Aberlour and a Voice-O-Graph
Last updated on November 15th, 2015 at 12:07 pm
On a mild autumnal evening, we sat back in Phonica Records, a vinyl store in Soho, and enjoyed a fine evening of Aberlour’s whiskies matched up with their musical equivalent. The signature range of beverages, ranging from a 12 year double barrel matured whiskey, up to an 18 year matured whiskey, were played alongside a selection of music hand picked by industry experts, to match the specific characteristics and notes of each whiskey. Alongside the rather novel pairing choices for the evening, Aberlour unveiled a beautifully restored and fully functioning Voice-o-Graph for use in the store.
‘A voice-o-graph?’ I hear you say? These individual booths equipped for the recording and pressing of your own vinyls. These booths are about the same size as your average, classic British Phone Box, and, at the height of the popularity back in the 1940s, could be found all over the place, including at the top of the Empire State Building. Launched back in 1910, it probably seemed as revolutionary as the first personal Walkman/CD Player/Minidisk/MP3 player (delete as age appropriate).Drop in a coin, record a message, a poem, a declaration of undying love, a song, or even a selection of songs. This is due to be in the store until November, so if you get the chance and have something you want to record, we would recommend dropping by Phonica Records.
Phonica Records provided an interesting backdrop to the real reason we stopped by that evening, which was to get sampling their core offering:
- 12 year double cask matured
- 16 year double cask matured
- 18 year double cask matured
- A’bunadh Non-Chill Filtered (Cask Strength)
Whilst they obviously produce a wider range of limited whiskies, these 4 above represent the heart of Aberlour. Here’s what we thought…
12 Year double cask matured
A smooth, soft whiskey. It has a rich, sweet flavour which lingers in the after taste, with hints of cinnamon and ginger. Quite an easy going whiskey, one you may want to enjoy over the Christmas period at leisure as is, no ice, no water, no nothing.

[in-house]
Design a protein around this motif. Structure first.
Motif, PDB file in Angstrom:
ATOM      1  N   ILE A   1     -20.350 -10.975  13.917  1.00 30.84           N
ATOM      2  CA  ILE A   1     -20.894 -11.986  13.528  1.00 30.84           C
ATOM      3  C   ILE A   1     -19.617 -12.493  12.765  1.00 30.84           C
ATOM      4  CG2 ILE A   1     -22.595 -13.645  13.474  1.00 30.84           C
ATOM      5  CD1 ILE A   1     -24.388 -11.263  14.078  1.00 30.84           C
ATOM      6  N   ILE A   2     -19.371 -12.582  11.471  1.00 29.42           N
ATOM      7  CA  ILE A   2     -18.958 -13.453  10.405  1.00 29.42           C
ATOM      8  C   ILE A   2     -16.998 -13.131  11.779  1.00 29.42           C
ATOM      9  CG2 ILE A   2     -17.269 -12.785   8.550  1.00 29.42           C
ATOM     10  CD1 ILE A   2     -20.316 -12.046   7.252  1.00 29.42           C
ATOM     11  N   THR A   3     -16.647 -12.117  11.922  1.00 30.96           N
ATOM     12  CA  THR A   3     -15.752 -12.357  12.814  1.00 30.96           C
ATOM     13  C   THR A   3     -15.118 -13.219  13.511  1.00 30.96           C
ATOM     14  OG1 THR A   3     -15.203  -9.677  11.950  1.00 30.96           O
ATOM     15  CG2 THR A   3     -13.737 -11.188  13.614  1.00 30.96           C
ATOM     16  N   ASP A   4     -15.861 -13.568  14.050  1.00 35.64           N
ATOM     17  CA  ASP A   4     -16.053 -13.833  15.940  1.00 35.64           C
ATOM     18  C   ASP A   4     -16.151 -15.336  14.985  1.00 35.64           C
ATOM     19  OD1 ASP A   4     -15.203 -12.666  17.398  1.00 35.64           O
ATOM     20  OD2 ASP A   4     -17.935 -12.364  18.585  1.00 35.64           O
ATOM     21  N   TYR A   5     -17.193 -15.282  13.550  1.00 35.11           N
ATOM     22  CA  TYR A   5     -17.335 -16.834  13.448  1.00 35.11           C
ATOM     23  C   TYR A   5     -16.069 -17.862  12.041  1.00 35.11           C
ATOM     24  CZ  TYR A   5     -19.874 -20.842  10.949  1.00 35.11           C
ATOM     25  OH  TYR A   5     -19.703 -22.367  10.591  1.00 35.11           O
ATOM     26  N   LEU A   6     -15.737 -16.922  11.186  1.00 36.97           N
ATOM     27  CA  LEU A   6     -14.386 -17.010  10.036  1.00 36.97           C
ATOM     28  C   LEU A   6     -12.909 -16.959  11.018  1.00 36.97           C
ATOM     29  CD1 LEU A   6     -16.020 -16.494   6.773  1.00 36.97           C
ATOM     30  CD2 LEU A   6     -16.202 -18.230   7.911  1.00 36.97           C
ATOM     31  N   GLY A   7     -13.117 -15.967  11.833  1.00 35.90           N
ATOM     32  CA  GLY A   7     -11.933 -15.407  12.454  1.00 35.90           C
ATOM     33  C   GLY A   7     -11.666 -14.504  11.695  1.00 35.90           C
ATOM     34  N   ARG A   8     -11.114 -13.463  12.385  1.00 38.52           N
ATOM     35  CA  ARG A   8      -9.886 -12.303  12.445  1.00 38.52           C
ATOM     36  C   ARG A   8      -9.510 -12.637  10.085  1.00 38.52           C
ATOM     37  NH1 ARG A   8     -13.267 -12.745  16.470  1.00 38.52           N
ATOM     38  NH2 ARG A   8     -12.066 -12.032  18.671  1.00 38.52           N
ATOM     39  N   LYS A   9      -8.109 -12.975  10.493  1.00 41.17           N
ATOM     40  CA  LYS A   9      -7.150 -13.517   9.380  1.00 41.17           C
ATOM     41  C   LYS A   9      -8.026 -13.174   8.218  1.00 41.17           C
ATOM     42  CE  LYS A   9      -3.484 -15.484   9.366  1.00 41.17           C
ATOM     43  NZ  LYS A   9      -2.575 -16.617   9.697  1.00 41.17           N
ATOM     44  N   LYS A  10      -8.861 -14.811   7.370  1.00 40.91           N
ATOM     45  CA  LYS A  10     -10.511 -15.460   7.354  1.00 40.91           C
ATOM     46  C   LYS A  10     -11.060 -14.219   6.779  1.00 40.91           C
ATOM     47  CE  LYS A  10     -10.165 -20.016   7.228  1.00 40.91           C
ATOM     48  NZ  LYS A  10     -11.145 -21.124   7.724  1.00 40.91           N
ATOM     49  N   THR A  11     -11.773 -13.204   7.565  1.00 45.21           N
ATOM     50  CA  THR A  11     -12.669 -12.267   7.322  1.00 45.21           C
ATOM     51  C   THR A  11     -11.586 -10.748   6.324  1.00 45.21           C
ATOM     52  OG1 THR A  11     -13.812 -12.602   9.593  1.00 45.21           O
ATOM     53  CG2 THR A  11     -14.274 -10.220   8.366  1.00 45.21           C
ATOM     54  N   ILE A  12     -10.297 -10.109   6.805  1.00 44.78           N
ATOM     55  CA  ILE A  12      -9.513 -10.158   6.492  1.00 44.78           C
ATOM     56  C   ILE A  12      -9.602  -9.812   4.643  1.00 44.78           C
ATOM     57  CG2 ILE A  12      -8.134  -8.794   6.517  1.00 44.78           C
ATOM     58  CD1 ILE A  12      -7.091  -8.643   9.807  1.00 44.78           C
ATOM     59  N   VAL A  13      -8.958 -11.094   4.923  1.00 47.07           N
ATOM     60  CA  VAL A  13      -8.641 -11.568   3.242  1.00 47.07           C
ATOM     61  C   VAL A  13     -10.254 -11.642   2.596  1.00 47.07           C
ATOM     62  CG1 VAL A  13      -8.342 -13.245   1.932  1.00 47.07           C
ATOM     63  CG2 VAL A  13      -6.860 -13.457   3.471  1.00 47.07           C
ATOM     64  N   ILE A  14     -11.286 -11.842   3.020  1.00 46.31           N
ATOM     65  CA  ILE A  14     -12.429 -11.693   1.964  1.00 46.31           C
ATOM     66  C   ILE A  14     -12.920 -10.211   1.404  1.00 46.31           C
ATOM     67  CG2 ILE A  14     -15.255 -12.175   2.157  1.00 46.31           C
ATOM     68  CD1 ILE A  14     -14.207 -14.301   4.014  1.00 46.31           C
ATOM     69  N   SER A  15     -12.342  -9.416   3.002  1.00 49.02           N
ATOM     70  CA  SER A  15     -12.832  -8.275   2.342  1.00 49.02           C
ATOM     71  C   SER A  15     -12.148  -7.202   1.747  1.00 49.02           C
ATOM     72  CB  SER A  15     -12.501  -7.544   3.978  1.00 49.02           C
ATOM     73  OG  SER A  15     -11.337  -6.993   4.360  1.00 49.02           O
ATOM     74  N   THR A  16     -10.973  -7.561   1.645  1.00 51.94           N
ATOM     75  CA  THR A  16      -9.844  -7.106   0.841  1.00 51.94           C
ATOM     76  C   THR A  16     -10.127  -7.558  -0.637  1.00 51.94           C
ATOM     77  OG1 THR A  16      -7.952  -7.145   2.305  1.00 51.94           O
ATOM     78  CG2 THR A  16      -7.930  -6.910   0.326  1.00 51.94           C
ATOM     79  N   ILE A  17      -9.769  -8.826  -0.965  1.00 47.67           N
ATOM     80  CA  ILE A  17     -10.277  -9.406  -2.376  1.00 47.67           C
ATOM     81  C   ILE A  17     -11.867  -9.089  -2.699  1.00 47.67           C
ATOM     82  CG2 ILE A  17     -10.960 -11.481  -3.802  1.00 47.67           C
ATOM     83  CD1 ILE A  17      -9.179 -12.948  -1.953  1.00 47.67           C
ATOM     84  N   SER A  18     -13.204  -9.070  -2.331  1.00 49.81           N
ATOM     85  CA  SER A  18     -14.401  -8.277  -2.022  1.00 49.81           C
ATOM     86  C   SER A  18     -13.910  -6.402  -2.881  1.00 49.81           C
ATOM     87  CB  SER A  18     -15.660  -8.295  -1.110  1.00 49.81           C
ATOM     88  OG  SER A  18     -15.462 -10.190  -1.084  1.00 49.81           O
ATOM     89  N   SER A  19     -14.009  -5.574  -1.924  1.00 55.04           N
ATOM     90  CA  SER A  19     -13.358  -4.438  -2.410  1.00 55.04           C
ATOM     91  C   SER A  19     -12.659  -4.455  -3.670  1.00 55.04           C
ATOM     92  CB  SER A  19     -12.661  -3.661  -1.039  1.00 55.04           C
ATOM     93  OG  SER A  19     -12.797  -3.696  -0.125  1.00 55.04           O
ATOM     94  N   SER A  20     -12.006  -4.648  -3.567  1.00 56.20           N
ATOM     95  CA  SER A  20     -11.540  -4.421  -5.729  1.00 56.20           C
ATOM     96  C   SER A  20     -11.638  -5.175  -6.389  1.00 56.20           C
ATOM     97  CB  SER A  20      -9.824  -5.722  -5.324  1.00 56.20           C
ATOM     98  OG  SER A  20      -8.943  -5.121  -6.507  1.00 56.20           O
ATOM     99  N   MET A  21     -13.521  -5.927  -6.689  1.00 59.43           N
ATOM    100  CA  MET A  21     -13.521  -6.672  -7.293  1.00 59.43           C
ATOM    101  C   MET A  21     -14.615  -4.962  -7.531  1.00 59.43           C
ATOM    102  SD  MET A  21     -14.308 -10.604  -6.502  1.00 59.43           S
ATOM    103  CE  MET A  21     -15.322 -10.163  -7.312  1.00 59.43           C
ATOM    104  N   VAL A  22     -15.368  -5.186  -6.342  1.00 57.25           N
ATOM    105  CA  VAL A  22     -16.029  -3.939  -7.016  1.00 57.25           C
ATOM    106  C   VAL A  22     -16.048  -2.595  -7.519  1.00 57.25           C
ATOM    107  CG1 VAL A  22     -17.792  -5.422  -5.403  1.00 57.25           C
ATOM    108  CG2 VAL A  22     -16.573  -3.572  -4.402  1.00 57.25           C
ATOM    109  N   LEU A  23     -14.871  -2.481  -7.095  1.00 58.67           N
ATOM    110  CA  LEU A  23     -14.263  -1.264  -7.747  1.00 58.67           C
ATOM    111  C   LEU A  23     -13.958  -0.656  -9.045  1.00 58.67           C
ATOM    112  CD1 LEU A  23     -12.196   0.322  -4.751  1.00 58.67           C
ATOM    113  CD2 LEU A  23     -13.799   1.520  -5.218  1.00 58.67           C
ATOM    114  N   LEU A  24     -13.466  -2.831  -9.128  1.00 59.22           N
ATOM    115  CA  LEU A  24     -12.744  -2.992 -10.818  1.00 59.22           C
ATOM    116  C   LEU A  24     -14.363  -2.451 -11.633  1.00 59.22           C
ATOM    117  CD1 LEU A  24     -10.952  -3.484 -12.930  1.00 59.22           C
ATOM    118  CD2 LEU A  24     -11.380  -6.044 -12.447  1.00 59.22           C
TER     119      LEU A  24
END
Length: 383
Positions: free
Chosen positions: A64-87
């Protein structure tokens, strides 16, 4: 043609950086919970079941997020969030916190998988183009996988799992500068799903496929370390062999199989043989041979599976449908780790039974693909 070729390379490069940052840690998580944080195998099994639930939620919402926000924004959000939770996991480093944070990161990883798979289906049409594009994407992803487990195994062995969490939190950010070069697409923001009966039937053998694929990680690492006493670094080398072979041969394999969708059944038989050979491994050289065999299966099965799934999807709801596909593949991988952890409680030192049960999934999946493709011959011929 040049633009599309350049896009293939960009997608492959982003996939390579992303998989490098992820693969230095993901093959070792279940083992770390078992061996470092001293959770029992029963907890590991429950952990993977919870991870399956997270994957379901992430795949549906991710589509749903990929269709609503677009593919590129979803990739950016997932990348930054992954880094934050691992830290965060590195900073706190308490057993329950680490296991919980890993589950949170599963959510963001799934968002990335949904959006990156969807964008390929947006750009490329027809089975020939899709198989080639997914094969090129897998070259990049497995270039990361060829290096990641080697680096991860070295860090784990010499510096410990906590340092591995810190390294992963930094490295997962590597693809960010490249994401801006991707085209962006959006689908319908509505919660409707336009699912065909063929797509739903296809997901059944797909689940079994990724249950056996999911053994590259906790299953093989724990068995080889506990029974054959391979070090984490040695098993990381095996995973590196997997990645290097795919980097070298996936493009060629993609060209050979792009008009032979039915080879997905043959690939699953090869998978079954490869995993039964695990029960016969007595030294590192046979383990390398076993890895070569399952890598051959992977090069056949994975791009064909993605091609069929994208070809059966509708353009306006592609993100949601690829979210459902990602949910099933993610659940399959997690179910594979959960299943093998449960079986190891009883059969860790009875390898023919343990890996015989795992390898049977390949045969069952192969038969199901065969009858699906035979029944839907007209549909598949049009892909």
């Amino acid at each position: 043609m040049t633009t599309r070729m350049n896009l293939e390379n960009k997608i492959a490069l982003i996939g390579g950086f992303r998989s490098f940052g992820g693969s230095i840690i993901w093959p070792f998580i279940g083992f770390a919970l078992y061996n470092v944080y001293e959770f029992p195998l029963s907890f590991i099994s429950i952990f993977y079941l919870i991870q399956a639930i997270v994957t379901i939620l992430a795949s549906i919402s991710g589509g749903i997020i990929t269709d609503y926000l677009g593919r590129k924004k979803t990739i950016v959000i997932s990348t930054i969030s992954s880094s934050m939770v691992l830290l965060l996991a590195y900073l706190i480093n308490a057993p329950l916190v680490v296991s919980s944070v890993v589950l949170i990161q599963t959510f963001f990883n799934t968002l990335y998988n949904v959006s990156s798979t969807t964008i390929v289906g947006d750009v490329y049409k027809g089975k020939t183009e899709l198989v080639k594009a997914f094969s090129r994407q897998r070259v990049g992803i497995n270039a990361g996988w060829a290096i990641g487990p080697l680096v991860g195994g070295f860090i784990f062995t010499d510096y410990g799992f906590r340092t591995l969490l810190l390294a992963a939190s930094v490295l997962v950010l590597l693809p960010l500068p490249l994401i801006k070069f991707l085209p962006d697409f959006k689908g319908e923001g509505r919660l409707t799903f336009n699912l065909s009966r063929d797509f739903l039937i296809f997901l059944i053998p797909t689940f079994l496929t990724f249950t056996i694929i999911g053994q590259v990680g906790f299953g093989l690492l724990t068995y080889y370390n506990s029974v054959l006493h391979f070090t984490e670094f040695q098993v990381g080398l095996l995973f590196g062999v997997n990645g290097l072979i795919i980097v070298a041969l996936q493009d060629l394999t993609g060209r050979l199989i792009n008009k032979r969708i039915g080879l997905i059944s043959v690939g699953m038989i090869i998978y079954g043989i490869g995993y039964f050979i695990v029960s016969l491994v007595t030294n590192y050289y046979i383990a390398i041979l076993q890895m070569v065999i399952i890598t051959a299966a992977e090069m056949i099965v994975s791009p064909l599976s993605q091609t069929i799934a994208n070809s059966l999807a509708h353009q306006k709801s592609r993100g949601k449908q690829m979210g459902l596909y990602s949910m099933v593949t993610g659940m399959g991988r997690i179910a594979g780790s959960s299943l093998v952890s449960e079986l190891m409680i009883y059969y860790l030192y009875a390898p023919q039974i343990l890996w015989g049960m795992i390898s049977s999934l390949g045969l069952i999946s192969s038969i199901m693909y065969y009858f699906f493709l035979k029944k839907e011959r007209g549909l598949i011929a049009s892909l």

16 year double cask matured
Building on the above, it has a more intense dryness to it and a hint of chestnut on the nose. It tasted slightly more spicy, with the taste of plum and oak perhaps being the most powerful flavours. Its classed as smooth, but we feel to get there, it might want cutting with a drop or two of water.
18 year double cask matured
This is the most complex of the aged offering from Aberlour. The sweetness comes in on the nose, but doesn’t linger much beyond that. It smells great, with that sweetness, but also a slight, fruity bitterness. It tastes marvellously balanced, with a strong taste of the cask it has rested in, oaky and dry. It leaves you with a deeply sweet finish, but its complex enough to not seem so simply sweet as the 12 year old, before finishing with a dry woodiness.
A’bunadh (pronounced a bit like the curry, its “a boo-nah”)
Where to begin with this one. Its the signature drink of Aberlour, which is powerful in more ways than one. The nose is very strong, with punches of spicy fruit and sherry. It tastes just as strong, with the taste of the sherry cask coming out in front with an oakiness that is backed up by some fruity flavours of orange and cherry, real Christmassy flavours. The finish is described as ‘robust’ and we can’t disagree with that – being quite a strong, powerful, lingering finish of complex spices, a hint of chocolate and a touch of oak.
Funnily enough, the balance behind of each of these was paired with music during our tasting, which is all a part of the Aberlour Made from Experience campaign. They’re putting the emphasis of their award winning whiskies back on their roots, their historic Speyside distillery in Scotland, and the experience that they have gained in getting all the right ingredients, the right balances, the right casks and all the wisdom they have gained over time. Reckon one of these whiskies speaks to you? Our personal favourite was the 18 year double cask matured whiskey.